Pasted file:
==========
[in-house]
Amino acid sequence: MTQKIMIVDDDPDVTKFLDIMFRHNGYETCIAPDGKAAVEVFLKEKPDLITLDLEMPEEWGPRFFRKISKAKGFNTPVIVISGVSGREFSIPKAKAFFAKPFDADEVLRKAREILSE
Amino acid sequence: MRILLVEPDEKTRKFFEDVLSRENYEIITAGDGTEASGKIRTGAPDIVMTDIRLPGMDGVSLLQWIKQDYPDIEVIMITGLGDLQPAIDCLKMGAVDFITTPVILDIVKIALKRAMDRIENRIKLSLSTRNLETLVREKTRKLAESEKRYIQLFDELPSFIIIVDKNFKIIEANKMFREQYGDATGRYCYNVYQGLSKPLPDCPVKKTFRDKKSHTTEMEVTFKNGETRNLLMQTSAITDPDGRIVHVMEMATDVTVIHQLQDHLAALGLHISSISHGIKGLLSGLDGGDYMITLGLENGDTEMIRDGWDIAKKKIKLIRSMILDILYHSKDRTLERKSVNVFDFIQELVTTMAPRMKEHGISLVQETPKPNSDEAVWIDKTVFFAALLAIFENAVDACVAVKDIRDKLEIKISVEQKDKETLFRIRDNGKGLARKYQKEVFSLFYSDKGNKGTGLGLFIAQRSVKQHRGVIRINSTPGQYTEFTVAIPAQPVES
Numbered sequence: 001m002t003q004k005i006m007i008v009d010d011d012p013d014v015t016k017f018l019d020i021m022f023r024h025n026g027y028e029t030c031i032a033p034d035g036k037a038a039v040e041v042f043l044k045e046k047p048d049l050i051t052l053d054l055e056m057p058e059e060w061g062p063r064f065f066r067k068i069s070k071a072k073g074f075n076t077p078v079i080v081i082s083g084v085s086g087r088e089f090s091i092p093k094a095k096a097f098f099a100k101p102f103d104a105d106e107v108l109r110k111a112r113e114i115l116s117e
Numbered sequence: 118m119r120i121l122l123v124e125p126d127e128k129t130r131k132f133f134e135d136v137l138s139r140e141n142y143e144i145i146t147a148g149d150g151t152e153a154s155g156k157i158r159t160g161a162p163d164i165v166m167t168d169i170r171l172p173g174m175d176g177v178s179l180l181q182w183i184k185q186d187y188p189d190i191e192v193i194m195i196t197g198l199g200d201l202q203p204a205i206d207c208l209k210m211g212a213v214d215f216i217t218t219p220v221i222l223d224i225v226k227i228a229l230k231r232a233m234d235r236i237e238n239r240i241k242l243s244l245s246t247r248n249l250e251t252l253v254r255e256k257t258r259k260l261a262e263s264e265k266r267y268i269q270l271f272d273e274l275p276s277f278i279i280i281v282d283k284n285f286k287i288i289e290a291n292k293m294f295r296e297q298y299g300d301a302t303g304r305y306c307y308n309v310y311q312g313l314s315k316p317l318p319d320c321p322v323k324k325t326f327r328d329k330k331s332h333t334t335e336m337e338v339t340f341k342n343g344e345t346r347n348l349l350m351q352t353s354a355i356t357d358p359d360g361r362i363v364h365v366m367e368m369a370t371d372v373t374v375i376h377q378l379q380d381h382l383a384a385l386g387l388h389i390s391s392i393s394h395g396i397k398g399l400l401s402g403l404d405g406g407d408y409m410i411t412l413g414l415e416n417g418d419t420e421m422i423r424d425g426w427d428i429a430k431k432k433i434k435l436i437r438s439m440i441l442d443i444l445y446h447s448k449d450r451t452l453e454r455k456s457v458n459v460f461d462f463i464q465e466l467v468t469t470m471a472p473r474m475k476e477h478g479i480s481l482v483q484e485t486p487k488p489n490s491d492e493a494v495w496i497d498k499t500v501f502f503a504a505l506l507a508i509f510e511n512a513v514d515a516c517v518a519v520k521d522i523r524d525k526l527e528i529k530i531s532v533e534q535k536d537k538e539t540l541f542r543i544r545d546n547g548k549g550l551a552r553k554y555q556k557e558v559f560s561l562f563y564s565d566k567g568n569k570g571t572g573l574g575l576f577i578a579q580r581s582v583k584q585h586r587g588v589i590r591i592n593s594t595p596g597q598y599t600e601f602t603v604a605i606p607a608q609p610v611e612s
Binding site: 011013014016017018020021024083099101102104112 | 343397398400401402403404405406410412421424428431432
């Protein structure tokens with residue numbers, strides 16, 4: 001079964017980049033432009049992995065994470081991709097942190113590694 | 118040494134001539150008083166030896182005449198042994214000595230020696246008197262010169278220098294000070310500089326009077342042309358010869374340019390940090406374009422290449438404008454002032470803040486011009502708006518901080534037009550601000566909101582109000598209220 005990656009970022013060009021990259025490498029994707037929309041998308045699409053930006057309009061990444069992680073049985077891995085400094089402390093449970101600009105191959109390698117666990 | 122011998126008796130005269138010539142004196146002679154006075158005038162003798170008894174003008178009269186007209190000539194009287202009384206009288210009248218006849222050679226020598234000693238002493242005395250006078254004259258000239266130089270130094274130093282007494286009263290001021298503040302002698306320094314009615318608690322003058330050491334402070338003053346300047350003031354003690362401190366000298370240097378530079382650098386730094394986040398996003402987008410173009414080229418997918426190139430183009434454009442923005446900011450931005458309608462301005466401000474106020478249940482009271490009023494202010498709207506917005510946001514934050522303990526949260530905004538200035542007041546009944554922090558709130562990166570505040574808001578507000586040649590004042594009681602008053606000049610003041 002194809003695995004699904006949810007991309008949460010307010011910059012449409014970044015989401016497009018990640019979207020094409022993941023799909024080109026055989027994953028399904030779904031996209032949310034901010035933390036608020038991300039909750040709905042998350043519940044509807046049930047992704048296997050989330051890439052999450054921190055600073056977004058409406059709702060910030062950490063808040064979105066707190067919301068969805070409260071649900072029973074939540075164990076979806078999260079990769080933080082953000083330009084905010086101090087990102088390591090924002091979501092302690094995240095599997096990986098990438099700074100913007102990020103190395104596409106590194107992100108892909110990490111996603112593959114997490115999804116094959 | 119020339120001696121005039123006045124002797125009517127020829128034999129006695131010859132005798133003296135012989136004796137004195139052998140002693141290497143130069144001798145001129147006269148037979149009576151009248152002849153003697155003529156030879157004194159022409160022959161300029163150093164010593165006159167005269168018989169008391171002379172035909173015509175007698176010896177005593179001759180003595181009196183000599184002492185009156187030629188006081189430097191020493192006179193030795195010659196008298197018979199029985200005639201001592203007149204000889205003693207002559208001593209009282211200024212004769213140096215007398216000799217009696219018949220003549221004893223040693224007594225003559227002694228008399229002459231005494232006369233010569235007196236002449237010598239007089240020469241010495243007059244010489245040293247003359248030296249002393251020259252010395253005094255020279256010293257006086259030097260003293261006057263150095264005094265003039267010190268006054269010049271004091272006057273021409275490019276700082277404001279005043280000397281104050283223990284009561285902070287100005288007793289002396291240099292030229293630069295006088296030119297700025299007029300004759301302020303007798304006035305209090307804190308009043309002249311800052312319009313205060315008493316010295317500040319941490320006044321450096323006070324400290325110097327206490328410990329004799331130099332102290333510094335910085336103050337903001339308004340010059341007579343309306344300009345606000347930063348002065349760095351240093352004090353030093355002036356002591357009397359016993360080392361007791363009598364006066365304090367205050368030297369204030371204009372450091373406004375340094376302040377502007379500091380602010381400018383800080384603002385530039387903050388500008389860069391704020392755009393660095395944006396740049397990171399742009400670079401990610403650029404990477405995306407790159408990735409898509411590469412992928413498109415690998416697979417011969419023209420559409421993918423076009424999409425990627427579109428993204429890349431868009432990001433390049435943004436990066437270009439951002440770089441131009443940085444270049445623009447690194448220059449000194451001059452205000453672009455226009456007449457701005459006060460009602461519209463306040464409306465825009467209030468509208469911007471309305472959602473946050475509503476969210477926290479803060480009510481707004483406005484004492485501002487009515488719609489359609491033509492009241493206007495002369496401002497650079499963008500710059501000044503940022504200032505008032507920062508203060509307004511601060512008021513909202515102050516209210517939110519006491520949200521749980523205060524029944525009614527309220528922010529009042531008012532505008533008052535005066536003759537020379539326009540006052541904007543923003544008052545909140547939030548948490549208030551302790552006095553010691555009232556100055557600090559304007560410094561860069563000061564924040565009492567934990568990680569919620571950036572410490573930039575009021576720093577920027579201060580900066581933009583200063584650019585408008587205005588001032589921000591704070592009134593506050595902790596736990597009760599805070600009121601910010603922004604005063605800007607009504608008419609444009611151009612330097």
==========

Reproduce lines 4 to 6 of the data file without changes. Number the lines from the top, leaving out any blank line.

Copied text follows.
Numbered sequence: 001m002t003q004k005i006m007i008v009d010d011d012p013d014v015t016k017f018l019d020i021m022f023r024h025n026g027y028e029t030c031i032a033p034d035g036k037a038a039v040e041v042f043l044k045e046k047p048d049l050i051t052l053d054l055e056m057p058e059e060w061g062p063r064f065f066r067k068i069s070k071a072k073g074f075n076t077p078v079i080v081i082s083g084v085s086g087r088e089f090s091i092p093k094a095k096a097f098f099a100k101p102f103d104a105d106e107v108l109r110k111a112r113e114i115l116s117e
Numbered sequence: 118m119r120i121l122l123v124e125p126d127e128k129t130r131k132f133f134e135d136v137l138s139r140e141n142y143e144i145i146t147a148g149d150g151t152e153a154s155g156k157i158r159t160g161a162p163d164i165v166m167t168d169i170r171l172p173g174m175d176g177v178s179l180l181q182w183i184k185q186d187y188p189d190i191e192v193i194m195i196t197g198l199g200d201l202q203p204a205i206d207c208l209k210m211g212a213v214d215f216i217t218t219p220v221i222l223d224i225v226k227i228a229l230k231r232a233m234d235r236i237e238n239r240i241k242l243s244l245s246t247r248n249l250e251t252l253v254r255e256k257t258r259k260l261a262e263s264e265k266r267y268i269q270l271f272d273e274l275p276s277f278i279i280i281v282d283k284n285f286k287i288i289e290a291n292k293m294f295r296e297q298y299g300d301a302t303g304r305y306c307y308n309v310y311q312g313l314s315k316p317l318p319d320c321p322v323k324k325t326f327r328d329k330k331s332h333t334t335e336m337e338v339t340f341k342n343g344e345t346r347n348l349l350m351q352t353s354a355i356t357d358p359d360g361r362i363v364h365v366m367e368m369a370t371d372v373t374v375i376h377q378l379q380d381h382l383a384a385l386g387l388h389i390s391s392i393s394h395g396i397k398g399l400l401s402g403l404d405g406g407d408y409m410i411t412l413g414l415e416n417g418d419t420e421m422i423r424d425g426w427d428i429a430k431k432k433i434k435l436i437r438s439m440i441l442d443i444l445y446h447s448k449d450r451t452l453e454r455k456s457v458n459v460f461d462f463i464q465e466l467v468t469t470m471a472p473r474m475k476e477h478g479i480s481l482v483q484e485t486p487k488p489n490s491d492e493a494v495w496i497d498k499t500v501f502f503a504a505l506l507a508i509f510e511n512a513v514d515a516c517v518a519v520k521d522i523r524d525k526l527e528i529k530i531s532v533e534q535k536d537k538e539t540l541f542r543i544r545d546n547g548k549g550l551a552r553k554y555q556k557e558v559f560s561l562f563y564s565d566k567g568n569k570g571t572g573l574g575l576f577i578a579q580r581s582v583k584q585h586r587g588v589i590r591i592n593s594t595p596g597q598y599t600e601f602t603v604a605i606p607a608q609p610v611e612s
Binding site: 011013014016017018020021024083099101102104112 | 343397398400401402403404405406410412421424428431432